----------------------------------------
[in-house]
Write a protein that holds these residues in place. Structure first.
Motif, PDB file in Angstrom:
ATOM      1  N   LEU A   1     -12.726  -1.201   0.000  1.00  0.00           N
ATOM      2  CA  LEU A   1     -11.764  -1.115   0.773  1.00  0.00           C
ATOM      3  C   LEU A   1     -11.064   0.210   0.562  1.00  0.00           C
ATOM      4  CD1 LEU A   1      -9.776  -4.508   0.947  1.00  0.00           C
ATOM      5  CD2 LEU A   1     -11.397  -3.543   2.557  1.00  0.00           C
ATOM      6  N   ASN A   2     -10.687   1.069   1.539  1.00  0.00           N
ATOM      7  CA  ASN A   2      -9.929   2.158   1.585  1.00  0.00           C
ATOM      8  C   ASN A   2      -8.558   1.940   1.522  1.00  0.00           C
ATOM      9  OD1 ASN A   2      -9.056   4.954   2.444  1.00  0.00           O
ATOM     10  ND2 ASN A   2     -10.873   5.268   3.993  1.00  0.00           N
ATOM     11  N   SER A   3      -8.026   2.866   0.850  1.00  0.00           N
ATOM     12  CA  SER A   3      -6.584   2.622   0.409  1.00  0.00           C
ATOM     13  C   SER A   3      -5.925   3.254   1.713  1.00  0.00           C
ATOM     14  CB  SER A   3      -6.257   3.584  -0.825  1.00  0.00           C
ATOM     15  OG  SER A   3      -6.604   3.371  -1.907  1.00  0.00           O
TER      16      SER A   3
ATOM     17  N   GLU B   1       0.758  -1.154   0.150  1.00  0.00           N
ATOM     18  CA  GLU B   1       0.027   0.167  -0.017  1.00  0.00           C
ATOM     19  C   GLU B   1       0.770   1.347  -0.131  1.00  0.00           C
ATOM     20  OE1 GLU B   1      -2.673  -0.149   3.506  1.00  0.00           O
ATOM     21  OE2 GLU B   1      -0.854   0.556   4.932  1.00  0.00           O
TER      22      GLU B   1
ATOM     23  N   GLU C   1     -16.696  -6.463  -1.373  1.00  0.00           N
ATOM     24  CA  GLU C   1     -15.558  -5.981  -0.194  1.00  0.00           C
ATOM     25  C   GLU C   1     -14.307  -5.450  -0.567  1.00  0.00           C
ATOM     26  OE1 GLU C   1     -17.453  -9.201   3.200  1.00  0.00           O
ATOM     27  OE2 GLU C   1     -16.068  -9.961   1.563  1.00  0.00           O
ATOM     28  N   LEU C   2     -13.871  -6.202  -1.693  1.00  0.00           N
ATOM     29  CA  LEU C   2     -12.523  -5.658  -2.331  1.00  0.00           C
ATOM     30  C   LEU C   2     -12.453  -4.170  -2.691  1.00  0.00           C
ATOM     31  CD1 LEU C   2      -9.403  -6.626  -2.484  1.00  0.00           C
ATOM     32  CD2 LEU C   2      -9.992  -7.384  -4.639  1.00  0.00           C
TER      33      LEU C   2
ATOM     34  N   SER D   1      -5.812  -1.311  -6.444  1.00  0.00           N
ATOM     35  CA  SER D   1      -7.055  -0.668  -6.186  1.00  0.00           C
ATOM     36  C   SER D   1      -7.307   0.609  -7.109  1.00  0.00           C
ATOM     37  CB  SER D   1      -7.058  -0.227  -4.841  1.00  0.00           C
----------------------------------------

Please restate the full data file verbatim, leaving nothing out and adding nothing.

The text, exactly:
[in-house]
Write a protein that holds these residues in place. Structure first.
Motif, PDB file in Angstrom:
ATOM      1  N   LEU A   1     -12.726  -1.201   0.000  1.00  0.00           N
ATOM      2  CA  LEU A   1     -11.764  -1.115   0.773  1.00  0.00           C
ATOM      3  C   LEU A   1     -11.064   0.210   0.562  1.00  0.00           C
ATOM      4  CD1 LEU A   1      -9.776  -4.508   0.947  1.00  0.00           C
ATOM      5  CD2 LEU A   1     -11.397  -3.543   2.557  1.00  0.00           C
ATOM      6  N   ASN A   2     -10.687   1.069   1.539  1.00  0.00           N
ATOM      7  CA  ASN A   2      -9.929   2.158   1.585  1.00  0.00           C
ATOM      8  C   ASN A   2      -8.558   1.940   1.522  1.00  0.00           C
ATOM      9  OD1 ASN A   2      -9.056   4.954   2.444  1.00  0.00           O
ATOM     10  ND2 ASN A   2     -10.873   5.268   3.993  1.00  0.00           N
ATOM     11  N   SER A   3      -8.026   2.866   0.850  1.00  0.00           N
ATOM     12  CA  SER A   3      -6.584   2.622   0.409  1.00  0.00           C
ATOM     13  C   SER A   3      -5.925   3.254   1.713  1.00  0.00           C
ATOM     14  CB  SER A   3      -6.257   3.584  -0.825  1.00  0.00           C
ATOM     15  OG  SER A   3      -6.604   3.371  -1.907  1.00  0.00           O
TER      16      SER A   3
ATOM     17  N   GLU B   1       0.758  -1.154   0.150  1.00  0.00           N
ATOM     18  CA  GLU B   1       0.027   0.167  -0.017  1.00  0.00           C
ATOM     19  C   GLU B   1       0.770   1.347  -0.131  1.00  0.00           C
ATOM     20  OE1 GLU B   1      -2.673  -0.149   3.506  1.00  0.00           O
ATOM     21  OE2 GLU B   1      -0.854   0.556   4.932  1.00  0.00           O
TER      22      GLU B   1
ATOM     23  N   GLU C   1     -16.696  -6.463  -1.373  1.00  0.00           N
ATOM     24  CA  GLU C   1     -15.558  -5.981  -0.194  1.00  0.00           C
ATOM     25  C   GLU C   1     -14.307  -5.450  -0.567  1.00  0.00           C
ATOM     26  OE1 GLU C   1     -17.453  -9.201   3.200  1.00  0.00           O
ATOM     27  OE2 GLU C   1     -16.068  -9.961   1.563  1.00  0.00           O
ATOM     28  N   LEU C   2     -13.871  -6.202  -1.693  1.00  0.00           N
ATOM     29  CA  LEU C   2     -12.523  -5.658  -2.331  1.00  0.00           C
ATOM     30  C   LEU C   2     -12.453  -4.170  -2.691  1.00  0.00           C
ATOM     31  CD1 LEU C   2      -9.403  -6.626  -2.484  1.00  0.00           C
ATOM     32  CD2 LEU C   2      -9.992  -7.384  -4.639  1.00  0.00           C
TER      33      LEU C   2
ATOM     34  N   SER D   1      -5.812  -1.311  -6.444  1.00  0.00           N
ATOM     35  CA  SER D   1      -7.055  -0.668  -6.186  1.00  0.00           C
ATOM     36  C   SER D   1      -7.307   0.609  -7.109  1.00  0.00           C
ATOM     37  CB  SER D   1      -7.058  -0.227  -4.841  1.00  0.00           C